On August 17, 1936 the Rexall Train came to the city. Pulled by New York Central 4-8-2 Mohawk 2873, the entire train was royal blue and white. The locomotive’s streamlined sheet metal and conversion to an oil-burner prepared it for a 29,000-mile trip across North America. Four display, lecture and dining cars, plus private observation car for Rexall President Louis Liggett were part of a train consist of twelve cars. All cars were given balloon-style roofs over their existing clerestory roofs. Coming from the U.S. Midwest and Michigan, the train visited Kingston on its way to Quebec City. Parked on CN trackage along Ontario Street near CLC and Gore Street, the train attracted large crowds.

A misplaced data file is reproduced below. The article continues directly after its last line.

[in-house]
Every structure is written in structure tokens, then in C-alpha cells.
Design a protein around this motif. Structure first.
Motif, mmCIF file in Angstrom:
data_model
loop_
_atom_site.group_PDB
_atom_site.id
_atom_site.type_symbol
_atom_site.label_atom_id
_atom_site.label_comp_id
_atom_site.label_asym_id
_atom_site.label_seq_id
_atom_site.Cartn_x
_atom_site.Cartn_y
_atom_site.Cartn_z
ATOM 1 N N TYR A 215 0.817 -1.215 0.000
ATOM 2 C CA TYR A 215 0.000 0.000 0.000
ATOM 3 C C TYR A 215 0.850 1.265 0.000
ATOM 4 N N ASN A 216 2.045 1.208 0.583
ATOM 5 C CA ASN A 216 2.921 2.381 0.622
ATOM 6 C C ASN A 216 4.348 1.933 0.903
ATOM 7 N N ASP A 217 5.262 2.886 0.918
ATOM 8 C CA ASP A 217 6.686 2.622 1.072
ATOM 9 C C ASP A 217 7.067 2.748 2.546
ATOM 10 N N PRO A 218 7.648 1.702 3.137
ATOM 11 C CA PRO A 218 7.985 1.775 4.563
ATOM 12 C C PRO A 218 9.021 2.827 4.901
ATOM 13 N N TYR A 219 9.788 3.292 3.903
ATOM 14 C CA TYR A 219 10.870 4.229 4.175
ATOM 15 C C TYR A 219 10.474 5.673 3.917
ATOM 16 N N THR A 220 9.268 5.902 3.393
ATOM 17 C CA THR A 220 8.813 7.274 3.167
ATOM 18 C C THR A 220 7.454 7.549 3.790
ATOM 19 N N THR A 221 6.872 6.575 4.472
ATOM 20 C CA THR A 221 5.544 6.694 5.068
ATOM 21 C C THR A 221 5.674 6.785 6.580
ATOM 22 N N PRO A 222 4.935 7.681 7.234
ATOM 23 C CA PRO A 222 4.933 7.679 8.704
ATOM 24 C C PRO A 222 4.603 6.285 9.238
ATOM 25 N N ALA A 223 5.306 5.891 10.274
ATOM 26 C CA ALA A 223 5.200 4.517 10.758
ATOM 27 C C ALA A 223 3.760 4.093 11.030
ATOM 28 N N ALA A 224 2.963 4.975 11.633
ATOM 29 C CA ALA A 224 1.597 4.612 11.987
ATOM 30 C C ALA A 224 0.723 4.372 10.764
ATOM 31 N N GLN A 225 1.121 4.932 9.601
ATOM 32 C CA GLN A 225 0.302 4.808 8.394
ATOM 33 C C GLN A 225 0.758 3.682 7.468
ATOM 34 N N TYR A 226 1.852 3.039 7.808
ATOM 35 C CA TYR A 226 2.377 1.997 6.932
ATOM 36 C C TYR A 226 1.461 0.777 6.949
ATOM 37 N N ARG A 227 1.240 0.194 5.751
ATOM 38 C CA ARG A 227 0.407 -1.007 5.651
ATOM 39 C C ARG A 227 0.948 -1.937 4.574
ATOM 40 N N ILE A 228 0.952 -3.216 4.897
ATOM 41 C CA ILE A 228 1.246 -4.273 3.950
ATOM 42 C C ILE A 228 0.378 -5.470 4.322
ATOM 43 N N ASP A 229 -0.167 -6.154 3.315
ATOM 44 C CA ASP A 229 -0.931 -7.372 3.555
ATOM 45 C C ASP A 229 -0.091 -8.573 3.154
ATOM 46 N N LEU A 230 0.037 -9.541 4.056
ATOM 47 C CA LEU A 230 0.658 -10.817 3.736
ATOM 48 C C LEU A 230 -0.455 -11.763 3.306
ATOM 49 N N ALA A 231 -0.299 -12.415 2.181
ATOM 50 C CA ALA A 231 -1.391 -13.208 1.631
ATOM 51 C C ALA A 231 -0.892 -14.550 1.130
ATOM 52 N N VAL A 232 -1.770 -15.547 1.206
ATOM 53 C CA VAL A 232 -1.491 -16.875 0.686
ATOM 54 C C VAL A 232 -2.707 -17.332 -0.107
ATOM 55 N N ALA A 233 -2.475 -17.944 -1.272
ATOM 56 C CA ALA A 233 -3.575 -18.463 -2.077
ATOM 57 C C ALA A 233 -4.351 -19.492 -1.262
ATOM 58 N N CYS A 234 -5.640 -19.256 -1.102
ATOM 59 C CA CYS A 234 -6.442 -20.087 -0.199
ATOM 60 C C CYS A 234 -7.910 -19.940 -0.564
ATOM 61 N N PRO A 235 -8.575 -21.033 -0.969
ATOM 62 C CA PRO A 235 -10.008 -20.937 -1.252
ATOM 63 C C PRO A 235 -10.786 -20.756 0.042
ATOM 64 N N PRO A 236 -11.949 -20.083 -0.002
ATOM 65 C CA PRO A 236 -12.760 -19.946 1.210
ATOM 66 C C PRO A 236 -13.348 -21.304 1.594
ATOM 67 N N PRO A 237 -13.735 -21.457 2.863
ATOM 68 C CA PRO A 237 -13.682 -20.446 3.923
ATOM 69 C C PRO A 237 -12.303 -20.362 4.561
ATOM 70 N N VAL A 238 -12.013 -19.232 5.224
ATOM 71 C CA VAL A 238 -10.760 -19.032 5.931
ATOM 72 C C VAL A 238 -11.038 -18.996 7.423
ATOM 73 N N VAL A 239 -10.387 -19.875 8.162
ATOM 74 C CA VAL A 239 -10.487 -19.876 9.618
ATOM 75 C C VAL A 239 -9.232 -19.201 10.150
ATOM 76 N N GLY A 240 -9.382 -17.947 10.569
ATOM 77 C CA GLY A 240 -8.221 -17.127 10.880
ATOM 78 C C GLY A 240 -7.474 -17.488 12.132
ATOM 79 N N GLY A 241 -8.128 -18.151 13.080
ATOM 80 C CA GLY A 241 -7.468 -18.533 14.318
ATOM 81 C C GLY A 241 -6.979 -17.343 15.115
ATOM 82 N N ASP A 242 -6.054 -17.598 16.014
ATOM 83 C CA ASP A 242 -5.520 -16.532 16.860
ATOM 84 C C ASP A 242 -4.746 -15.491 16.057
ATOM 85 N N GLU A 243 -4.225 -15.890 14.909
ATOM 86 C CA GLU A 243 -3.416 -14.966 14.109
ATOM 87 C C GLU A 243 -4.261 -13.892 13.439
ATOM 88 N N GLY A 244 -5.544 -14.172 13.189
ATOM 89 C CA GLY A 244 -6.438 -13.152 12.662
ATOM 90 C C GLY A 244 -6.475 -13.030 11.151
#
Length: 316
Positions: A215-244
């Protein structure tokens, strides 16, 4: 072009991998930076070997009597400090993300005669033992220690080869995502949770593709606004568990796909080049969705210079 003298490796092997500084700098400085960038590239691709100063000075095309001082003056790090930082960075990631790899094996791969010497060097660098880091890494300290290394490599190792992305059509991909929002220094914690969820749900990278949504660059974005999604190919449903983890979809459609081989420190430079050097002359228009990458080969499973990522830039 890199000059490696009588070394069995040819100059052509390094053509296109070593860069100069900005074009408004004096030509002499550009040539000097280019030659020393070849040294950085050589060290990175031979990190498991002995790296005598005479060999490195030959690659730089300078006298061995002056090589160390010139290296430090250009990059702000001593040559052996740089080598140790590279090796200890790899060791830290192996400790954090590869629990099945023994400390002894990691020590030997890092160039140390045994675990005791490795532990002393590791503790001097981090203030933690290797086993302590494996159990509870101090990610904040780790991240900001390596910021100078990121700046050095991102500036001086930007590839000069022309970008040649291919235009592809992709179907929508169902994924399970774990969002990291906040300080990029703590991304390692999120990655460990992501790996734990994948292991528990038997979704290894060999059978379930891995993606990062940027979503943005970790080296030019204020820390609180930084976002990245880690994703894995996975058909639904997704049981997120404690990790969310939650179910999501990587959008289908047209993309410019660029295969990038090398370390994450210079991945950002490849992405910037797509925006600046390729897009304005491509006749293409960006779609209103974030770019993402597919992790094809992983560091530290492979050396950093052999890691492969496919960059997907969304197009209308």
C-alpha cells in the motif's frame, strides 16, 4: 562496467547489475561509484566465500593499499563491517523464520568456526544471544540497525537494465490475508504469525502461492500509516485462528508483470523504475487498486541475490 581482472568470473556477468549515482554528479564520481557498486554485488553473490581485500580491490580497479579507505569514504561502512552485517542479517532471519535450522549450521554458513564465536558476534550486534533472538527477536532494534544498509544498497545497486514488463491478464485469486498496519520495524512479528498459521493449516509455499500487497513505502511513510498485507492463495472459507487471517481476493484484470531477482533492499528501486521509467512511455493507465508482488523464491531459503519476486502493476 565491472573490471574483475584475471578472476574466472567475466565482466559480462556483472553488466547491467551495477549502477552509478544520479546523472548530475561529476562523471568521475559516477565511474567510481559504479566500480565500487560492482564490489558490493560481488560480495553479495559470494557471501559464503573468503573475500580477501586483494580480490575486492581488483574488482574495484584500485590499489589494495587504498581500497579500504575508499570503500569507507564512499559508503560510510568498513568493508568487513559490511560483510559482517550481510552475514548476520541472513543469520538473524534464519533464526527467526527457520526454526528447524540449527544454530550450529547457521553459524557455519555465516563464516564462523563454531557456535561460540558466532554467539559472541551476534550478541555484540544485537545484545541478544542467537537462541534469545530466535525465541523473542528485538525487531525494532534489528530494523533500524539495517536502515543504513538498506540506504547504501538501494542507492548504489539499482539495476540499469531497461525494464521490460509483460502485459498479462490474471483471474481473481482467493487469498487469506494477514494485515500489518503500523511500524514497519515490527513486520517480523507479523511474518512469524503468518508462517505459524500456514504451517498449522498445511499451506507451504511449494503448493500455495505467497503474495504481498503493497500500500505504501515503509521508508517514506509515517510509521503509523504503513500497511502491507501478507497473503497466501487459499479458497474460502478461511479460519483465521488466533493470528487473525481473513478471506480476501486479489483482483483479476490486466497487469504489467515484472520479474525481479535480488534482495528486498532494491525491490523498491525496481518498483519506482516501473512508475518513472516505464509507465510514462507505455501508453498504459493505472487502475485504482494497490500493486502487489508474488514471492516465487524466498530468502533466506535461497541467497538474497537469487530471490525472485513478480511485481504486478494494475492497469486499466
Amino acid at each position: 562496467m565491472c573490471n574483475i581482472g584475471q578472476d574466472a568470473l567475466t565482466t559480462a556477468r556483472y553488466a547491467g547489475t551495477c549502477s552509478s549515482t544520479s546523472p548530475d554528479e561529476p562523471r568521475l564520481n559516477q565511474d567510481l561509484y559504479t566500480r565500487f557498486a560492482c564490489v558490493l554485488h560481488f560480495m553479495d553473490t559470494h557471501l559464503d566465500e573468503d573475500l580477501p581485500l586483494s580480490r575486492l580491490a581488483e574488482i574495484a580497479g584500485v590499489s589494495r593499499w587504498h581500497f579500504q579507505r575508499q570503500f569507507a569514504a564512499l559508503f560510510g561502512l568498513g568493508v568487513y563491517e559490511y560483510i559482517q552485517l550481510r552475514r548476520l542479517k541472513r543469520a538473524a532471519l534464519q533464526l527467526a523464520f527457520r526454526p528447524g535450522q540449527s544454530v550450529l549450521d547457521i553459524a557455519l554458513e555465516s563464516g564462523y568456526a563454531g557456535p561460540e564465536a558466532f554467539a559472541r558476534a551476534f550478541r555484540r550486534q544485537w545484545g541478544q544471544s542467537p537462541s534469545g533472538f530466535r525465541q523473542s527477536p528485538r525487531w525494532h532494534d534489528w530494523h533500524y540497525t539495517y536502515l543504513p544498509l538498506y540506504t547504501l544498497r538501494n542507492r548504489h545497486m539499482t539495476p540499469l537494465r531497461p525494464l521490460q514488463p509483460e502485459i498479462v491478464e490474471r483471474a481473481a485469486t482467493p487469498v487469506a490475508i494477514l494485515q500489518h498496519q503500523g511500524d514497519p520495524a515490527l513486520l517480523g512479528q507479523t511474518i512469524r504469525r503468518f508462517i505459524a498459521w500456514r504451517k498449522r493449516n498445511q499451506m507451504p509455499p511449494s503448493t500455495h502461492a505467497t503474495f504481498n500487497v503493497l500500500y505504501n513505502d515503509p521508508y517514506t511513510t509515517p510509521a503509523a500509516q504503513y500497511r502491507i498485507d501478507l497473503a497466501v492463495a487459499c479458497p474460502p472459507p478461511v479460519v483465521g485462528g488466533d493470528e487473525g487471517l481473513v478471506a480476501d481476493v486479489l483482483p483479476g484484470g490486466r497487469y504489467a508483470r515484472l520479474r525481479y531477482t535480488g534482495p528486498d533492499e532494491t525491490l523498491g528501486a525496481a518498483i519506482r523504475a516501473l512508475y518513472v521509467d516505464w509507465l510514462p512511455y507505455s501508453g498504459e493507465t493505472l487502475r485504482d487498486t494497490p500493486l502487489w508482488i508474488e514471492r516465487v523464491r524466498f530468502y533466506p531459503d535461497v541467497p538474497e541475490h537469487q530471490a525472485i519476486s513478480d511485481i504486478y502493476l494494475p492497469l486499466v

The Royal Train of King George VI and Queen Elizabeth arrived in Kingston on May 21, 1939. Thirteen trainloads of spectators were brought to Richardson Stadium to cheer on the King and Queen’s motorcade while on their extensive cross-Canada tour. Their daughter Princess Elizabeth and Philip, Duke of Edinburgh visited the Royal Military College in 1951.

In 1950 and 1952, hundreds of Canadian troops boarded special troop trains in Kingston during the Korean Conflict. CP trains at Place d'Armes and CN trains departing the Outer Station carried the soldiers to other bases or overseas. In September 1953, three cars of an Africa Zoo Train were spotted near CN’s freight shed. Spectators came to view animal displays in the cars. In October 1959, a carnival midway was loaded on flat cars at the Outer Station for furtherance to the next fair on its fall tour.